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What Factors Affect a Sufficient Ginseng Dose?

By Synthia L. Rose
Updated May 17, 2024
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The appropriate ginseng dose for any individual depends on factors such as the type of ginseng used, the ailment being treated, the dosing frequency and whether the ginseng is used in the form of a pill, loose-dried leaves or as an additive in ointments. There are three different types of ginseng: American ginseng, panax ginseng and Siberian ginseng. These species of the ginseng plant are used to treat a variety of health issues, ranging from memory loss to diabetes. Since, each variety has a different amount of ginsenosides, the chemicals responsible for ginseng’s medical potency, dosing guidelines vary for each species.

American ginseng can be used to heal respiratory infections, boost iron levels and balance blood sugar. Some people use it as an experimental treatment for acquired immunodeficiency syndrome (AIDS). There is no scientific evidence, however, to support any dosage level as effective for mitigating AIDS.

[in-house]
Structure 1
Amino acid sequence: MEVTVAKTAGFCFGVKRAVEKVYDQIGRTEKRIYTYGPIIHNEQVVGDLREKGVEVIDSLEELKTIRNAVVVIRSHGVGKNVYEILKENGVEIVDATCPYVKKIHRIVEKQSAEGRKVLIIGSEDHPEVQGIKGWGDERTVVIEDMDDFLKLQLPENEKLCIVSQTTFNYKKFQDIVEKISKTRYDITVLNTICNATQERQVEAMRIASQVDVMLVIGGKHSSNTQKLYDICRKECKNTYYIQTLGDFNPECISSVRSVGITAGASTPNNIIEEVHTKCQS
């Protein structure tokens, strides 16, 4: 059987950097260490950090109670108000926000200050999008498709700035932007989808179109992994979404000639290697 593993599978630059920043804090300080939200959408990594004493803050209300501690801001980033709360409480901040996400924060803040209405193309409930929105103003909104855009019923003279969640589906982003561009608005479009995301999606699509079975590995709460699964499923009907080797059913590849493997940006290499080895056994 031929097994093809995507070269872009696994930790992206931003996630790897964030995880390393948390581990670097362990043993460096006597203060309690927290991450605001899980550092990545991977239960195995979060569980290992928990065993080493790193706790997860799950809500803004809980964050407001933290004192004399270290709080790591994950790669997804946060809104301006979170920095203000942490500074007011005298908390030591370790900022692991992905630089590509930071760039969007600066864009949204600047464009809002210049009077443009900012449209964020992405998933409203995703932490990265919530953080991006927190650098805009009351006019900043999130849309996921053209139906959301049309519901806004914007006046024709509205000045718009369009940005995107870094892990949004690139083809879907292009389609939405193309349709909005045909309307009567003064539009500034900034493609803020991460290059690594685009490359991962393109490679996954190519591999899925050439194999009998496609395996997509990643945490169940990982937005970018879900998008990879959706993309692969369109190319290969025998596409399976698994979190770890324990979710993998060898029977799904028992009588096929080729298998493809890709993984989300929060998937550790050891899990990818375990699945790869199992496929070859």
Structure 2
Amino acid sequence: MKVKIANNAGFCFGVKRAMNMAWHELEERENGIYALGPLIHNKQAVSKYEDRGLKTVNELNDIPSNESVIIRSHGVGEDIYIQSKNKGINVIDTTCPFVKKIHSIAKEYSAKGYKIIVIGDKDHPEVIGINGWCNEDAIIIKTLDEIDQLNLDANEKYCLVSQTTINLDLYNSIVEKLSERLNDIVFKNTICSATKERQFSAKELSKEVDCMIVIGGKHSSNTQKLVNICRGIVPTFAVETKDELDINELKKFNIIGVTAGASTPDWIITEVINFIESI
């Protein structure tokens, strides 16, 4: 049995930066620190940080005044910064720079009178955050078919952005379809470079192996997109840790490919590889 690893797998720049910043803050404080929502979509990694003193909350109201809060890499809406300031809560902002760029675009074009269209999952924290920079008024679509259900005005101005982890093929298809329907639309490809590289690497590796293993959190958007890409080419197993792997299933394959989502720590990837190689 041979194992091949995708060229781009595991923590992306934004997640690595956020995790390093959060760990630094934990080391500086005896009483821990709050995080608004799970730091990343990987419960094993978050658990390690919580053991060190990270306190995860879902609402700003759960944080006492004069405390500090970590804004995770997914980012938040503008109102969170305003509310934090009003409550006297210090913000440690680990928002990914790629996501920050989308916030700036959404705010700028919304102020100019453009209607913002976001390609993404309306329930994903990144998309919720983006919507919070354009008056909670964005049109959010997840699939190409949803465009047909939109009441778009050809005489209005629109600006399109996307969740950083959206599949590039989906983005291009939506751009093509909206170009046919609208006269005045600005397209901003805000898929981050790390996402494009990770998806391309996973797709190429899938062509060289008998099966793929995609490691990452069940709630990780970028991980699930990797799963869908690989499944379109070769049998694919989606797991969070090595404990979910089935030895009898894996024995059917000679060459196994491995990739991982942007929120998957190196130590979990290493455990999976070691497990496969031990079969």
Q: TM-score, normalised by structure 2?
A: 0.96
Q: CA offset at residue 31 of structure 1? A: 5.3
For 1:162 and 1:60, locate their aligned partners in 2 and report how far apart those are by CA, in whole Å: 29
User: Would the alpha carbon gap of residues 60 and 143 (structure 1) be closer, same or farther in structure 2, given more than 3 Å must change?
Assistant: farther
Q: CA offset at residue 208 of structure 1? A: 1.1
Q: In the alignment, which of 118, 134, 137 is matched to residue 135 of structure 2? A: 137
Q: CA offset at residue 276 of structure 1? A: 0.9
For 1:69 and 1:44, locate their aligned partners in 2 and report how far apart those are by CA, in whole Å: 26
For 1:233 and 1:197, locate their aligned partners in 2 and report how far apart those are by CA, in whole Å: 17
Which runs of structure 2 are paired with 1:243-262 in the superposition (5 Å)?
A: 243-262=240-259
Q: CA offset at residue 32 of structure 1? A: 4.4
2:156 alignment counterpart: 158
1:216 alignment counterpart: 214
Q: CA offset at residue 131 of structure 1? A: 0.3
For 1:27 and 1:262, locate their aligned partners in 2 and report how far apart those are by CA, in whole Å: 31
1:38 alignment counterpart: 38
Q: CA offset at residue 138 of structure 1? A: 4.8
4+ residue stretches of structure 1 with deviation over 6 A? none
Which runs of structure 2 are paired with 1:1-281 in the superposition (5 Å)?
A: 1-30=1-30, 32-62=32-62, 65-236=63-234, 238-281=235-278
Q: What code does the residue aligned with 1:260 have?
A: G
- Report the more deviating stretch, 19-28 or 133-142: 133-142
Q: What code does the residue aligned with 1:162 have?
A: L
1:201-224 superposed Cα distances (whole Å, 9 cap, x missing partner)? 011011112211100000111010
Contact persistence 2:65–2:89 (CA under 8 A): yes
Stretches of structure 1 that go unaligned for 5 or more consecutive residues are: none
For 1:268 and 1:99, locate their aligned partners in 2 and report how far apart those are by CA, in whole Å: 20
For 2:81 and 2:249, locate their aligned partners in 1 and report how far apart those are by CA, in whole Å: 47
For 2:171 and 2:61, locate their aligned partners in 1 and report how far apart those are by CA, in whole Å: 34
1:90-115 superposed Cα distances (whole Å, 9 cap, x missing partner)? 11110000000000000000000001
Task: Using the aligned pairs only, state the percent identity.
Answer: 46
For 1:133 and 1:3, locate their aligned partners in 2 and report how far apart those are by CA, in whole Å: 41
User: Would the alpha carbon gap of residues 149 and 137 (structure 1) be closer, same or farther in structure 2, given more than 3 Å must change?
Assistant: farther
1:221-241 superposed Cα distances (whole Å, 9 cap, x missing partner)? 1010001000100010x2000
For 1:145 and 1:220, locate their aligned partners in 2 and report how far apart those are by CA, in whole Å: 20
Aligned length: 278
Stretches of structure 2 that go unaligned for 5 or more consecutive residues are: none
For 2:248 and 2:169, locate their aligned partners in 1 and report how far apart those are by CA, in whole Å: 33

An American ginseng dose of no more than 3 grams before a meal in supplement or dried form is generally sufficient to keep blood sugar from spiking. For people with breathing problems, particularly problems linked to influenza or colds, a ginseng capsule with 200 mg of the American herb can be effective if taken both in the morning and at night throughout the duration of the cold and for a few weeks thereafter. To attempt to treat memory, attention problems and iron deficiency, an American ginseng dose of 2 grams in dried form or 200 mg in extract form may be effective.

Panax ginseng, which is also called Asian ginseng, is an herb used to primarily treat erectile dysfunction and high blood sugar. Researchers recommend a panax ginseng dose of 900 mg in dried form or in capsule form two to three times a day for reversing impotence. This amount might also be enough to increase sperm count and aid in conception. Erectile ointments with panax ginseng are also sold; doctors recommend following the dose recommended on the product and applying it up to an hour before sexual intercourse. For diabetes, a ginseng dose of 200 mg in dried leaves or capsule form is encouraged.

Doses of Siberian ginseng are used to lessen stress, aid in recovery from colds, boost mental alertness and to experimentally treat infections from the herpes virus. Since the amounts of ginsenosides in Siberian ginseng vary widely depending on manufacturer, it is hard for medical experts to give guidelines. For all of these ailments, experts recommend seeking the guidance of a physician who might start patients off with a Siberian ginseng dose of 2g to 3g of fresh or dried herb, while measuring effects over time to see if more or less is needed.

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